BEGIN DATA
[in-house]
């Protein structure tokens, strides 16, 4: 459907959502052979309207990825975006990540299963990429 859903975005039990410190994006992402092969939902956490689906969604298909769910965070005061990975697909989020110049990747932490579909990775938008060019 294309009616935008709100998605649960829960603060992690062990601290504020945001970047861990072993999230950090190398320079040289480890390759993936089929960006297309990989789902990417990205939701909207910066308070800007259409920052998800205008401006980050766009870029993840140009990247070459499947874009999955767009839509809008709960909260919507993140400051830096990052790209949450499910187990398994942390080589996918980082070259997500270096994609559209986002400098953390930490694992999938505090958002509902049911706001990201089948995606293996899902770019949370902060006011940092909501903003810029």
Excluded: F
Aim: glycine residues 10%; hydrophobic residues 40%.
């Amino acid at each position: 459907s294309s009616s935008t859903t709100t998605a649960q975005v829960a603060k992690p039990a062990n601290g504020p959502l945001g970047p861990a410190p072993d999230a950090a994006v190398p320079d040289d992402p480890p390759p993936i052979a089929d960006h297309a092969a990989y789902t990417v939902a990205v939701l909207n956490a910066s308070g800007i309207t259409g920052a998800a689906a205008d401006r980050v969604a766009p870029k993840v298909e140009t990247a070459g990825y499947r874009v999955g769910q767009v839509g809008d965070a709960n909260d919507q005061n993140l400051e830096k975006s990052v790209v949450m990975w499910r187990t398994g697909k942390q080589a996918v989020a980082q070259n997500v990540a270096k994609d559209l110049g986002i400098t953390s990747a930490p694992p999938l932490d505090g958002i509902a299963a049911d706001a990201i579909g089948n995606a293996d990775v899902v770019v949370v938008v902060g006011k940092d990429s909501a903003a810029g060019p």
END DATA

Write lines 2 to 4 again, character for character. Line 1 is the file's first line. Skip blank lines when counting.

């Protein structure tokens, strides 16, 4: 459907959502052979309207990825975006990540299963990429 859903975005039990410190994006992402092969939902956490689906969604298909769910965070005061990975697909989020110049990747932490579909990775938008060019 294309009616935008709100998605649960829960603060992690062990601290504020945001970047861990072993999230950090190398320079040289480890390759993936089929960006297309990989789902990417990205939701909207910066308070800007259409920052998800205008401006980050766009870029993840140009990247070459499947874009999955767009839509809008709960909260919507993140400051830096990052790209949450499910187990398994942390080589996918980082070259997500270096994609559209986002400098953390930490694992999938505090958002509902049911706001990201089948995606293996899902770019949370902060006011940092909501903003810029």
Excluded: F
Aim: glycine residues 10%; hydrophobic residues 40%.